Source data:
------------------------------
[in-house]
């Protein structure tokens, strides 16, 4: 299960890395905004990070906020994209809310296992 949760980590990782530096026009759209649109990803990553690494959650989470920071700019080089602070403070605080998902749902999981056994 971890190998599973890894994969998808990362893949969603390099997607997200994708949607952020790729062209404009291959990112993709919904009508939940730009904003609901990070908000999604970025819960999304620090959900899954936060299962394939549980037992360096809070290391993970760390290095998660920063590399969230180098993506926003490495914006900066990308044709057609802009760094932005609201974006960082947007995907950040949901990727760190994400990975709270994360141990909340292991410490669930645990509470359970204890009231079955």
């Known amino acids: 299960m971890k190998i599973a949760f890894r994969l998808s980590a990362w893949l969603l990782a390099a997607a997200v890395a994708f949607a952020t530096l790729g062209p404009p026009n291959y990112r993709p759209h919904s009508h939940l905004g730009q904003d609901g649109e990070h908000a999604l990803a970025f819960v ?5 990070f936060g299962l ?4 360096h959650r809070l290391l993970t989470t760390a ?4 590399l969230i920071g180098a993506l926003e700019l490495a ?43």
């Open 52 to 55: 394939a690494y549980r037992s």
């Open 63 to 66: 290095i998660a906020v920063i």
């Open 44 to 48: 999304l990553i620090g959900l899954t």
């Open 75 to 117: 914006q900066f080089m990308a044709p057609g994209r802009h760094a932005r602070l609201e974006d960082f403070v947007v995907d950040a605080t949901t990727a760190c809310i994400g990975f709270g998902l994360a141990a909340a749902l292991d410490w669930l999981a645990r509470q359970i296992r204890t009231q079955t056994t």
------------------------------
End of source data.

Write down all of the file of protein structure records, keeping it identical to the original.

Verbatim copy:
[in-house]
């Protein structure tokens, strides 16, 4: 299960890395905004990070906020994209809310296992 949760980590990782530096026009759209649109990803990553690494959650989470920071700019080089602070403070605080998902749902999981056994 971890190998599973890894994969998808990362893949969603390099997607997200994708949607952020790729062209404009291959990112993709919904009508939940730009904003609901990070908000999604970025819960999304620090959900899954936060299962394939549980037992360096809070290391993970760390290095998660920063590399969230180098993506926003490495914006900066990308044709057609802009760094932005609201974006960082947007995907950040949901990727760190994400990975709270994360141990909340292991410490669930645990509470359970204890009231079955």
């Known amino acids: 299960m971890k190998i599973a949760f890894r994969l998808s980590a990362w893949l969603l990782a390099a997607a997200v890395a994708f949607a952020t530096l790729g062209p404009p026009n291959y990112r993709p759209h919904s009508h939940l905004g730009q904003d609901g649109e990070h908000a999604l990803a970025f819960v ?5 990070f936060g299962l ?4 360096h959650r809070l290391l993970t989470t760390a ?4 590399l969230i920071g180098a993506l926003e700019l490495a ?43």
């Open 52 to 55: 394939a690494y549980r037992s």
């Open 63 to 66: 290095i998660a906020v920063i």
């Open 44 to 48: 999304l990553i620090g959900l899954t």
């Open 75 to 117: 914006q900066f080089m990308a044709p057609g994209r802009h760094a932005r602070l609201e974006d960082f403070v947007v995907d950040a605080t949901t990727a760190c809310i994400g990975f709270g998902l994360a141990a909340a749902l292991d410490w669930l999981a645990r509470q359970i296992r204890t009231q079955t056994t």